I’m pretty fit and athletic now, but that certainly wasn’t always the case: when I was younger I suffered from obesity, weighing in at over 26 stone (170 kilos). I was on the basketball team at school, and at some point during my adolescence I decided to turn my life around and become fit, so I started running to try to lose weight. I did that for a while but didn’t stick with it, as I found it uninspiring. Then, one day, my brother and I did a 10-kilometre run just for fun, and that was my first real, serious introduction to the world of running. It made me feel incredible, and I was even able to keep up with him when he was training for a half marathon! I followed his advice, and that was when I caught the bug (this was back in 2012) and became completely focused on running.
I’ve competed in several marathons over the past few years, along with half marathons and other races. Many of these events were linked to a charity, like children suffering from a rare illness or for cancer research. Back in 2013 I and a group of other adventurers took part in the Climb for Cancer event, to raise money for a 9-year-old Syrian refugee, Shahd, a girl with cancer. I started travelling to compete in different marathons: the more extreme the challenge, the better. A good example is: XXX[WC1] . Another event that combines a mental challenge with a physical one is the North Pole Marathon in -35 degrees Celsius. Since I’d just returned from Dubai when I competed in that event, I had to adjust to a temperature difference of 80 degrees.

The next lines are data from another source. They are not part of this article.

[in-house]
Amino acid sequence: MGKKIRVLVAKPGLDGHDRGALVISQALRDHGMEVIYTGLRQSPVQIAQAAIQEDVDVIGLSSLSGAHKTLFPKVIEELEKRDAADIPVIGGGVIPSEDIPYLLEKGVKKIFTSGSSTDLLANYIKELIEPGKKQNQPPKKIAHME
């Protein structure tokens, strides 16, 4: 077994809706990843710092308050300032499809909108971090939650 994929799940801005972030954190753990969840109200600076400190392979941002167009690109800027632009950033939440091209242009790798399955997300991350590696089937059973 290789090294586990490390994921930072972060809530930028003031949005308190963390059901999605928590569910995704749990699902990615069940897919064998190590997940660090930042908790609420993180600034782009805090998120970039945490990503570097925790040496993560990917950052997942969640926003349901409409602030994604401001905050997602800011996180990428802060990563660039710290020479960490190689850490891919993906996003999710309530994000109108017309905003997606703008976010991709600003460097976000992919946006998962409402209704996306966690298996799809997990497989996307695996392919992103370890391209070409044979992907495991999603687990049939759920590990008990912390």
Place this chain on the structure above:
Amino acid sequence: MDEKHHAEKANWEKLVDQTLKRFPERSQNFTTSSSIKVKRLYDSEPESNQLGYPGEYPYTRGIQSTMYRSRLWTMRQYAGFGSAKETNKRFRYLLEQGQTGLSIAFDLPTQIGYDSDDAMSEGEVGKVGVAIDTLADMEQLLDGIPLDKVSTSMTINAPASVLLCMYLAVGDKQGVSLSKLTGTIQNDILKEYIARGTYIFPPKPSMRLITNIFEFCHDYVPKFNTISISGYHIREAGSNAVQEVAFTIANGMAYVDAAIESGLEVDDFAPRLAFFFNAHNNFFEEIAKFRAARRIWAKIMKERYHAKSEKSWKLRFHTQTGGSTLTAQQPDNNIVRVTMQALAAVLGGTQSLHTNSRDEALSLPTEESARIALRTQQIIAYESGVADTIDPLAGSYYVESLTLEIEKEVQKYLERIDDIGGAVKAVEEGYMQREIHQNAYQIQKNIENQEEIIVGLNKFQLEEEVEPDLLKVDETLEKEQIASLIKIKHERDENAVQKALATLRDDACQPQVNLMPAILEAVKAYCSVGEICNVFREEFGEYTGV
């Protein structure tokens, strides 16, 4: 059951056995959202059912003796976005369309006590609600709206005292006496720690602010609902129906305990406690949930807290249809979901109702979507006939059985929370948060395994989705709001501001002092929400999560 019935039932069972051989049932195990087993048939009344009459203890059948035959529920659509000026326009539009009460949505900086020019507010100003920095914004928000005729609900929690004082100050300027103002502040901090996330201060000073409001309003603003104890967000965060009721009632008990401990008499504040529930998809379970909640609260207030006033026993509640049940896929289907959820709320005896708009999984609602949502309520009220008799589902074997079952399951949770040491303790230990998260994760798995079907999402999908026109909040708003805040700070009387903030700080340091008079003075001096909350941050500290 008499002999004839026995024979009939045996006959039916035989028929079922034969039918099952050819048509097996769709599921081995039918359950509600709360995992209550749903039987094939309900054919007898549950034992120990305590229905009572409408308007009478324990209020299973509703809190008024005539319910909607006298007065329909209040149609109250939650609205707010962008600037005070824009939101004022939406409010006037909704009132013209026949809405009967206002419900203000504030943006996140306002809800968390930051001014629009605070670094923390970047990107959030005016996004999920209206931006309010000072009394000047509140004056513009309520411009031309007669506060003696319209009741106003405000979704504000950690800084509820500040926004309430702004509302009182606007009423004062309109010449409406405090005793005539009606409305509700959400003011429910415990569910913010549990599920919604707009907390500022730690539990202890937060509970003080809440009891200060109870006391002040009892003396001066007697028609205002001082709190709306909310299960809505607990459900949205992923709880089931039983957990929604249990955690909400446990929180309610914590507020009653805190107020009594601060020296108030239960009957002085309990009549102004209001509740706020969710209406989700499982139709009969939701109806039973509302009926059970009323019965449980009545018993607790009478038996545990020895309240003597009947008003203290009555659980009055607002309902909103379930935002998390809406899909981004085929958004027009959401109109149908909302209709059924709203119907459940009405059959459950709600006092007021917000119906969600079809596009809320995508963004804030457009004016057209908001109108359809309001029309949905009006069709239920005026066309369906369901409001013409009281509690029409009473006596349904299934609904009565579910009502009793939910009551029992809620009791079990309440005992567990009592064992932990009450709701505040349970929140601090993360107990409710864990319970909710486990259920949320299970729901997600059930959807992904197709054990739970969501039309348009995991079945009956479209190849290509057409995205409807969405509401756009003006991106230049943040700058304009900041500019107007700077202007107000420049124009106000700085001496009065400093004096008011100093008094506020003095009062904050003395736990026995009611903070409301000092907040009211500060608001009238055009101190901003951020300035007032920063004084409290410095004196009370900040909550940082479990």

We therefore undergo cold-water training as preparation and walk on artificial snow. I’ve travelled all over the world, from Africa to New York and from Barcelona to Beirut. That’s actually where I ran my first-ever marathon, back in November 2012. I wasn’t really ready for it at the time as I hadn’t completed the requisite training, but even back then I loved a good challenge! My best friend and I finished the marathon in 5.45 hours – I think we came in last. In order to run all these marathons and compete in these crazy challenges, I obviously need to be ultra-fit. In addition to running, I try to work out in the gym for 45 minutes six times a week, focusing on weight training alone.
I see running as a way of life. I’ve found that, in taking on these challenges, I inspire others to join me in supporting causes I feel passionately about. Running makes me a happier person: as well as giving me a tremendous sense of freedom, I’ve become a more confident person and am more patient and more focused. When I’m running longer distances – which can take up to five hours – I find it easier to solve certain problems, as the long-distance running gets my creative juices flowing. I can genuinely say that running has ‘made me a better me’, as they say.
Mazen has run 28 marathons to date – and number 29 will be very special